Wednesday, January 13, 2021
Rationing Safe and Effective COVID-19 Vaccines: Allocating to States Proportionate to Population May Undermine Commitments to Mitigating Health Disparities
Harald Schmidt (University of Pennsylvania), Parag A. Pathak (MIT), Michelle A. Williams (Harvard University), Tayfun Sonmez (Boston College), M. Utku Ünver (Boston College), Lawrence O. Gostin (Georgetown University), Rationing Safe and Effective COVID-19 Vaccines: Allocating to States Proportionate to Population May Undermine Commitments to Mitigating Health Disparities, SSRN:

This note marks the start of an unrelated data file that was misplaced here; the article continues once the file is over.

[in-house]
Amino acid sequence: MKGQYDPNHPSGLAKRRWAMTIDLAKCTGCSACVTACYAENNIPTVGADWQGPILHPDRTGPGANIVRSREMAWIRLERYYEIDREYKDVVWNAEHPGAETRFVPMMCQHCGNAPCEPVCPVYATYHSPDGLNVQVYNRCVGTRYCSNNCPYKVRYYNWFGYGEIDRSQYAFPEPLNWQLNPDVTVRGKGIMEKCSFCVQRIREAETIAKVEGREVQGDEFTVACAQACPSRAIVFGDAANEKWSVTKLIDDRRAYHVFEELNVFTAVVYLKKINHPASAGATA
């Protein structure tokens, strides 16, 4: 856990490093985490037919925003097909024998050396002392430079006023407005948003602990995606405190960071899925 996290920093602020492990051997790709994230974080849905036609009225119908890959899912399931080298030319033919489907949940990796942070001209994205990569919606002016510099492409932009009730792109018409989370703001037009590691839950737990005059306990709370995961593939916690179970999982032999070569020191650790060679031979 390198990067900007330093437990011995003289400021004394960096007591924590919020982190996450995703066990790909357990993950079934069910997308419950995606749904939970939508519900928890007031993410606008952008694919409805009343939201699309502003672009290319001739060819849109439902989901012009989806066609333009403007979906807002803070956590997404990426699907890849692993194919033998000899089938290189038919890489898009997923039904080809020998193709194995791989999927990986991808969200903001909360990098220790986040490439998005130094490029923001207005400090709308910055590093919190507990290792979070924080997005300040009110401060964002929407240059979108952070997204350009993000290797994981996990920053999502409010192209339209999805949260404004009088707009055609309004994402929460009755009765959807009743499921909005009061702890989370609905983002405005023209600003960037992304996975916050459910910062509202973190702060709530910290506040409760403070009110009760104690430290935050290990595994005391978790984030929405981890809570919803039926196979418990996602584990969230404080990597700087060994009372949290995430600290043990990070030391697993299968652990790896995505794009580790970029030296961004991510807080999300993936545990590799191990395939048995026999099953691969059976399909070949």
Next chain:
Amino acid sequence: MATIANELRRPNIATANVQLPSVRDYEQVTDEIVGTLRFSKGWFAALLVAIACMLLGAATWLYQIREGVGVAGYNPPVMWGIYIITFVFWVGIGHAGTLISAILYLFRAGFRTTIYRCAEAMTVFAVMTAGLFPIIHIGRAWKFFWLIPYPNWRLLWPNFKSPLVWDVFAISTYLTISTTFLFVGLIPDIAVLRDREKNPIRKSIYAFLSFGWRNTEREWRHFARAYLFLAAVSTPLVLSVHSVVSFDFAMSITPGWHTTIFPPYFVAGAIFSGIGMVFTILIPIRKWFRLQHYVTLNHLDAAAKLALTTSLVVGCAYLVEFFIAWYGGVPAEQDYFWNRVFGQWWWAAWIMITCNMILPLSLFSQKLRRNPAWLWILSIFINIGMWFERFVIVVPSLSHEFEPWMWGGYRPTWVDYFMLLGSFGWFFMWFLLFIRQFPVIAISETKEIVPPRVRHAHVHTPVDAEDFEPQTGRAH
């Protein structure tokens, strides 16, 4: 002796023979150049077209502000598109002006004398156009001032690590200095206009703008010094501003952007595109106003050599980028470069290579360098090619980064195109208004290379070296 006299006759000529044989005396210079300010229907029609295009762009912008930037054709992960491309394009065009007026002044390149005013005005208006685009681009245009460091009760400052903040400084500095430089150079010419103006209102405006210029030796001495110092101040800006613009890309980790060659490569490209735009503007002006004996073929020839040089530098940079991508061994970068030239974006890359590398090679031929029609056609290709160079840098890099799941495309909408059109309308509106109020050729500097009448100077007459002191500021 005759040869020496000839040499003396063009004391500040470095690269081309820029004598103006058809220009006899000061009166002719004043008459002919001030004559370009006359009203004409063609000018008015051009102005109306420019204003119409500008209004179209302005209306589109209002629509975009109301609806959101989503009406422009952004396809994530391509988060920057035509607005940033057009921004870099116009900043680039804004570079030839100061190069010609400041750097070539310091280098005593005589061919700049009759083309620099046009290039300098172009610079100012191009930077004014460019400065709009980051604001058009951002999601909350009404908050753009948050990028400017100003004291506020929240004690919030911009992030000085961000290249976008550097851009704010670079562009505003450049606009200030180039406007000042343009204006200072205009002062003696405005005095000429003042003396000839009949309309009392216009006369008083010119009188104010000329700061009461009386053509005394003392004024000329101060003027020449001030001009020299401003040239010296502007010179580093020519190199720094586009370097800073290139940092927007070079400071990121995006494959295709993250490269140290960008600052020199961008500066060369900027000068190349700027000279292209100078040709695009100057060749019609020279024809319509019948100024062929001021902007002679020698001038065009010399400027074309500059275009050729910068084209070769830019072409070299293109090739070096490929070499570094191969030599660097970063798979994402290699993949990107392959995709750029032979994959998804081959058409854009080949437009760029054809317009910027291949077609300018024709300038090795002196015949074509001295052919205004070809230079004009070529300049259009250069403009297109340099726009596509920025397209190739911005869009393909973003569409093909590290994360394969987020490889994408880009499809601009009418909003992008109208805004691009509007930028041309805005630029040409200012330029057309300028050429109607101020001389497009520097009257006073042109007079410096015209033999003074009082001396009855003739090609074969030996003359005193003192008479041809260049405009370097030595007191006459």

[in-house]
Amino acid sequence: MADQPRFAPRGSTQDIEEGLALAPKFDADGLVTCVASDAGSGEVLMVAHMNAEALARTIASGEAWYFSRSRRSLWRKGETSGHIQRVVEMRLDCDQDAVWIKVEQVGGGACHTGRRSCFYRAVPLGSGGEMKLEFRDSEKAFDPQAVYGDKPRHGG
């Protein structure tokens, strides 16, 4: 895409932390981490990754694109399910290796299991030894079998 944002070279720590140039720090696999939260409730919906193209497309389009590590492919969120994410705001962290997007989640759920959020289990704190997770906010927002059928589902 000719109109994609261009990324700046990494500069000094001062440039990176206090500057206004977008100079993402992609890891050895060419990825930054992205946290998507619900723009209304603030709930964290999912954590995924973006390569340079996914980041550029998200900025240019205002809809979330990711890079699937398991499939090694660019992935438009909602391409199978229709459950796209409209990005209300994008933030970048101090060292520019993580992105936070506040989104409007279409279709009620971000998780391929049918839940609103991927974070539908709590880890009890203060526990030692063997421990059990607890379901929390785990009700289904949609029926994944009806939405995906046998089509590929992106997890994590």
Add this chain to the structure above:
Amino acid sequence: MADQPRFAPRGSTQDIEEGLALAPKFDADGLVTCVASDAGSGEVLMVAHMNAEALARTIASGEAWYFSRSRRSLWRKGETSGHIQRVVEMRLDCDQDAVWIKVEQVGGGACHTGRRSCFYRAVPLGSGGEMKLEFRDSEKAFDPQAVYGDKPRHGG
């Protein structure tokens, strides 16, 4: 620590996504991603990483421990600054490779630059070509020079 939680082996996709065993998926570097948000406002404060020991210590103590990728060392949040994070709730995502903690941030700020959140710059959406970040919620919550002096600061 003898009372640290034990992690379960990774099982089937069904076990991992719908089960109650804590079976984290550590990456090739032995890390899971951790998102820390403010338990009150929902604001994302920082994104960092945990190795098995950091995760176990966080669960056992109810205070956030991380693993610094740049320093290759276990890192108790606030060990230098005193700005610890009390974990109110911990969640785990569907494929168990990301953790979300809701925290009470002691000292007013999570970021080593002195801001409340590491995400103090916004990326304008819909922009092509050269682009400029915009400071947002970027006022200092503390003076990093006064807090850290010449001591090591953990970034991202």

A central goal in the National Academies of Science, Engineering and Medicine’s (NASEM) framework for equitable COVID-19 vaccine allocation is to mitigate existing inequities, particularly those affecting economically worse-off racial and ethnic minorities. The Advisory Committee on Immunization Practice (ACIP) likewise notes that equity demands to “reduce, rather than increase, health disparities in each phase of vaccine distribution”. A crucial question in this regard is how vaccines should be distributed to states. The default is to allocate proportionate to population size. However, this approach risks increasing scarcity for worse-off populations in states where they represent above-average shares. To avoid lower odds of receiving a vaccine for worse-off groups, more vaccines could be given to states with larger shares of worse-off populations, and fewer to ones with smaller shares. We show here the consequences of allocating by these two different approaches.